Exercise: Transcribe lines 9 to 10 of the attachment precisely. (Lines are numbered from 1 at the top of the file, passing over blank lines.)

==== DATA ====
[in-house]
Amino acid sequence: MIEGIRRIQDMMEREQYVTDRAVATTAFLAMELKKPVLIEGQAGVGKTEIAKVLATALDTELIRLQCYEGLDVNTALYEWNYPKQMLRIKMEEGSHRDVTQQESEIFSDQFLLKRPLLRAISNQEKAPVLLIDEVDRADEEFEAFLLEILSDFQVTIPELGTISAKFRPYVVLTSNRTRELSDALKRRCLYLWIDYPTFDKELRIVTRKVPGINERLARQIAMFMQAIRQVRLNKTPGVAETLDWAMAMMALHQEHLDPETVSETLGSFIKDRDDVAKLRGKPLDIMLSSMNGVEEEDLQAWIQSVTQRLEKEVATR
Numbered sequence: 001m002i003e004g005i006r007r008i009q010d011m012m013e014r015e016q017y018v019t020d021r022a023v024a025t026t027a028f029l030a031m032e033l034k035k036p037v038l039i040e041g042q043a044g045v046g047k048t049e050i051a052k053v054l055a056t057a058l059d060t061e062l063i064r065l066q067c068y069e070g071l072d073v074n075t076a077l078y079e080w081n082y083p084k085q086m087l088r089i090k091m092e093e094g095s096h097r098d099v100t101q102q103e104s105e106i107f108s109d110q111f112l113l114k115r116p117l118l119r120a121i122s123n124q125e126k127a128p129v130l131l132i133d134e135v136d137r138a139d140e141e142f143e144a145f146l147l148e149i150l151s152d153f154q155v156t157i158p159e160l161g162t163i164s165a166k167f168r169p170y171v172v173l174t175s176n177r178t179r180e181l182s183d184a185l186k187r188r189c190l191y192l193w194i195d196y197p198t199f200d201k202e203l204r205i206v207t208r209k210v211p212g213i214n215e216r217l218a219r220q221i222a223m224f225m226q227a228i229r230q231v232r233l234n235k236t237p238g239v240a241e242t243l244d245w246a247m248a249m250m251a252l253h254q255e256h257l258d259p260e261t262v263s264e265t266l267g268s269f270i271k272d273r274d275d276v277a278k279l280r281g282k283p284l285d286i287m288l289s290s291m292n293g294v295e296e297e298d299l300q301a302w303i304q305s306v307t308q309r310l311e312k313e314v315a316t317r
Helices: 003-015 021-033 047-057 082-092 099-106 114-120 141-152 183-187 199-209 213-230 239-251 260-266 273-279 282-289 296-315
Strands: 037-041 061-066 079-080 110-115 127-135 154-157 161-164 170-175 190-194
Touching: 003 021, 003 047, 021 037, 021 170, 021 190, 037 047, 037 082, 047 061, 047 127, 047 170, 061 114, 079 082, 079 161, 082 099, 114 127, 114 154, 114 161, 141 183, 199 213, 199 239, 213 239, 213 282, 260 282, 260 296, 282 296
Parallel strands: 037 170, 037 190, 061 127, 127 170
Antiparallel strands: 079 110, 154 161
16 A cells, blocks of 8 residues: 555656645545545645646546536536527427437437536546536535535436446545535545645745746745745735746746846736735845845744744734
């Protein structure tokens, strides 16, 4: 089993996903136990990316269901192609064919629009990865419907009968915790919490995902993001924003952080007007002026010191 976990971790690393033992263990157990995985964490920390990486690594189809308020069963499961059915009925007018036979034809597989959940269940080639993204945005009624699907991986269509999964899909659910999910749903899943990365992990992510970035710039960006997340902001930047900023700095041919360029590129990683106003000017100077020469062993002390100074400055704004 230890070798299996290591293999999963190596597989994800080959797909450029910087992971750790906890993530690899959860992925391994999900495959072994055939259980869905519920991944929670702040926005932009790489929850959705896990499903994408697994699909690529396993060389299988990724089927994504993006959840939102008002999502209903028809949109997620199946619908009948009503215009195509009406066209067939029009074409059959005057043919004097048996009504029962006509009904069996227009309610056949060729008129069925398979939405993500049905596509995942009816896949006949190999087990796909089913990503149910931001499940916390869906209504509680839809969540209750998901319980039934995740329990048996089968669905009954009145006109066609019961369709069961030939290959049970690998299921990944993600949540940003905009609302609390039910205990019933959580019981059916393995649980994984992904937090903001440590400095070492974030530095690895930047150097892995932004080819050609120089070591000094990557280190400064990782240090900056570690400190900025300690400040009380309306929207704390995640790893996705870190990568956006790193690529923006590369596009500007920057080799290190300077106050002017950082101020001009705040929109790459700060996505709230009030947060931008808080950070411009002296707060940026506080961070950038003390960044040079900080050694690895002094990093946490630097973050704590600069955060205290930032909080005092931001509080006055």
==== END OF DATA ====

16 A cells, blocks of 8 residues: 555656645545545645646546536536527427437437536546536535535436446545535545645745746745745735746746846736735845845744744734
């Protein structure tokens, strides 16, 4: 089993996903136990990316269901192609064919629009990865419907009968915790919490995902993001924003952080007007002026010191 976990971790690393033992263990157990995985964490920390990486690594189809308020069963499961059915009925007018036979034809597989959940269940080639993204945005009624699907991986269509999964899909659910999910749903899943990365992990992510970035710039960006997340902001930047900023700095041919360029590129990683106003000017100077020469062993002390100074400055704004 230890070798299996290591293999999963190596597989994800080959797909450029910087992971750790906890993530690899959860992925391994999900495959072994055939259980869905519920991944929670702040926005932009790489929850959705896990499903994408697994699909690529396993060389299988990724089927994504993006959840939102008002999502209903028809949109997620199946619908009948009503215009195509009406066209067939029009074409059959005057043919004097048996009504029962006509009904069996227009309610056949060729008129069925398979939405993500049905596509995942009816896949006949190999087990796909089913990503149910931001499940916390869906209504509680839809969540209750998901319980039934995740329990048996089968669905009954009145006109066609019961369709069961030939290959049970690998299921990944993600949540940003905009609302609390039910205990019933959580019981059916393995649980994984992904937090903001440590400095070492974030530095690895930047150097892995932004080819050609120089070591000094990557280190400064990782240090900056570690400190900025300690400040009380309306929207704390995640790893996705870190990568956006790193690529923006590369596009500007920057080799290190300077106050002017950082101020001009705040929109790459700060996505709230009030947060931008808080950070411009002296707060940026506080961070950038003390960044040079900080050694690895002094990093946490630097973050704590600069955060205290930032909080005092931001509080006055």